Governments need an abrupt change of direction to avoid “stumbling zombielike into a digital welfare dystopia,” Philip G. Alston, a human rights expert reporting on poverty, told the United Nations General Assembly last year, in a report calling for the regulation of digital technologies, including artificial intelligence, to ensure compliance with human rights. The private companies that play an increasingly dominant role in social welfare delivery, he noted, “operate in a virtually human-rights-free zone.”
Last month, the U.N. expert monitoring contemporary forms of racism flagged concerns that “governments and nonstate actors are developing and deploying emerging digital technologies in ways that are uniquely experimental, dangerous, and discriminatory in the border and immigration enforcement context.”
The European Border and Coast Guard Agency, also called Frontex, has tested unpiloted military-grade drones in the Mediterranean and Aegean for the surveillance and interdiction of vessels of migrants and refugees trying to reach Europe, the expert, E. Tendayi Achiume, reported.
The U.N. antiracism panel, which is charged with monitoring and holding states to account for their compliance with the international convention on eliminating racial discrimination, said states must legislate measures combating racial bias and create independent mechanisms for handling complaints. It emphasized the need for transparency in the design and application of algorithms used in profiling.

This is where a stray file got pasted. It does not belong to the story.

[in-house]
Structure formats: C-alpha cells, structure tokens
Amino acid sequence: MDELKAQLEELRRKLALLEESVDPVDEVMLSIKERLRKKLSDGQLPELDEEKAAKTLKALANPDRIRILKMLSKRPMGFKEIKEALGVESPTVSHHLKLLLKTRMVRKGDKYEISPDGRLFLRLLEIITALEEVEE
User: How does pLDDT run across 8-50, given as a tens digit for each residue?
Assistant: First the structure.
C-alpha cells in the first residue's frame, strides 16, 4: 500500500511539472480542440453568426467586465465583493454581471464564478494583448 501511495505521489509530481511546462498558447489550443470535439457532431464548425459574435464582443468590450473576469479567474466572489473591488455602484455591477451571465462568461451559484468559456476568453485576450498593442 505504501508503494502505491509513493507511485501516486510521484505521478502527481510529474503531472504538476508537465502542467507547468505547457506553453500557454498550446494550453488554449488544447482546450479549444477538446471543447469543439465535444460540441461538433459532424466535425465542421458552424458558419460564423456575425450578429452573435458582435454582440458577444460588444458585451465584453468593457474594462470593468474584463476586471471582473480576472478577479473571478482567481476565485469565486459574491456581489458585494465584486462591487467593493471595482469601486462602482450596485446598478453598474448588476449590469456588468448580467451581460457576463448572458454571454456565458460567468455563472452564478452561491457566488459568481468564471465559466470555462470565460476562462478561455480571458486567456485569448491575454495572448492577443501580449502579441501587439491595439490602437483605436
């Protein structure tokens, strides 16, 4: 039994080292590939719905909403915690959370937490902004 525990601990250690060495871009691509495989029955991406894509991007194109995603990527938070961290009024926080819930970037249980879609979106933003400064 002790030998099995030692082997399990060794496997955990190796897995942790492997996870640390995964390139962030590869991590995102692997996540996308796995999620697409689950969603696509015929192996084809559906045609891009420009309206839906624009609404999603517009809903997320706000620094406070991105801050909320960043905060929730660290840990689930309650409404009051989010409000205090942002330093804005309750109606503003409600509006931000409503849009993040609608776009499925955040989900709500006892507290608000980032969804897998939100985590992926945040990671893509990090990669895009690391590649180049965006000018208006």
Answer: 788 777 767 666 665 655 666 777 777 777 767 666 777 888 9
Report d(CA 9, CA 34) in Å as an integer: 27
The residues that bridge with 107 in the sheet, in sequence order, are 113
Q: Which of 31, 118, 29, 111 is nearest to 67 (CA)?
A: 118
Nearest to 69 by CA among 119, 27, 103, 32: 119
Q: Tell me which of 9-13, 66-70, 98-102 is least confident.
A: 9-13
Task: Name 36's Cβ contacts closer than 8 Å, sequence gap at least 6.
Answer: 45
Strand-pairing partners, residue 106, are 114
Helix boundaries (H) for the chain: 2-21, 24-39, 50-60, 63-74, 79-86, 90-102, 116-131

“This includes public disclosure of the use of such systems and explanations of how the systems work, what data sets are being used and what measures preventing human rights harms are in place,” the group said.
The panel’s recommendations are aimed at a global audience of 182 states that have signed the convention, but most of the complaints it received over the past two years came from the United States, Ms. Shepherd said, and its findings amplify concerns voiced by American digital rights activists.
American police departments have fiercely resisted sharing details of the number or type of technologies they employ, and there is scarce regulation requiring any accountability for what or how they use them, said Rashida Richardson, a visiting scholar at Rutgers Law School and director of research policy at New York University’s A.I. Now Institute.
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